; xyOh+'0HP
$TU Delft Repository search results0TU Delft Repository search results (max. 1000)TU Delft LibraryTU Delft Library@Tl_;@Tl_;՜.+,0HPX`hp
x
WorksheetFeuilles de calcul
B=%r8X"1Calibri1Calibri1Calibri1
Calibri 83ffff̙̙3f3fff3f3f33333f33333.ٍTU Delft Repositoryg Ouuidrepository linktitleauthorcontributorpublication yearabstract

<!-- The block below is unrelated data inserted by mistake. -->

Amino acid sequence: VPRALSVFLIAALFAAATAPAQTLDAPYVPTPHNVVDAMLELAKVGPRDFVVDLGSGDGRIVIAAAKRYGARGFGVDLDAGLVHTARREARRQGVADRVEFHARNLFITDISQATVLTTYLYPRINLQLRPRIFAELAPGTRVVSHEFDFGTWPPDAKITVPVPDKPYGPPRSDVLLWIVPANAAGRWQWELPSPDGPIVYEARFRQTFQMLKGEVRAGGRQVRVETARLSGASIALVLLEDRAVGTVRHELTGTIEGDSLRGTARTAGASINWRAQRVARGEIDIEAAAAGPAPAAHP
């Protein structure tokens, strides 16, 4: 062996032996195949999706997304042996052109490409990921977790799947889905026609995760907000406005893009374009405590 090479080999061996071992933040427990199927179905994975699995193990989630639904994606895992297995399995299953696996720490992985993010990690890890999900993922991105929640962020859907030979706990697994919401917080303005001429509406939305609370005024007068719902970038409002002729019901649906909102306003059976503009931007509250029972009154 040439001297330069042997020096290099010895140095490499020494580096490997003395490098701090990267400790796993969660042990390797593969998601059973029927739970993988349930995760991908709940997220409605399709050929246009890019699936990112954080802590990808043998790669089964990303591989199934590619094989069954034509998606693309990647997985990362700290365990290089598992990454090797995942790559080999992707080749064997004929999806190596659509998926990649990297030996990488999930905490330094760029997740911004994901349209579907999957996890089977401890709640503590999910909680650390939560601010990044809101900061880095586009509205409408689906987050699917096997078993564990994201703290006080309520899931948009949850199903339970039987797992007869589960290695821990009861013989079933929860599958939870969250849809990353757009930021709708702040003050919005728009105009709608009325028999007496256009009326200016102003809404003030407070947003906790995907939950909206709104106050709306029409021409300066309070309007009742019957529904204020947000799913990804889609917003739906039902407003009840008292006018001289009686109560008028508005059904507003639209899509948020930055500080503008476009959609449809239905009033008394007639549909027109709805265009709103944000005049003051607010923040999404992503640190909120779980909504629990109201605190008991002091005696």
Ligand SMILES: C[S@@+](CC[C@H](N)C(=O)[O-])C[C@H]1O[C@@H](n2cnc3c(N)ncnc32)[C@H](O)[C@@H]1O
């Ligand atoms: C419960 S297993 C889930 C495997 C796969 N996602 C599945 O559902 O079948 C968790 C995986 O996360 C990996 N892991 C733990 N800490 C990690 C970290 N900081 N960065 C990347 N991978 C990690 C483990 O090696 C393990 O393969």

subject topiclanguagepublication type publisherisbnissnpatent
patent statusbibliographic noteaccess restrictionembargo datefaculty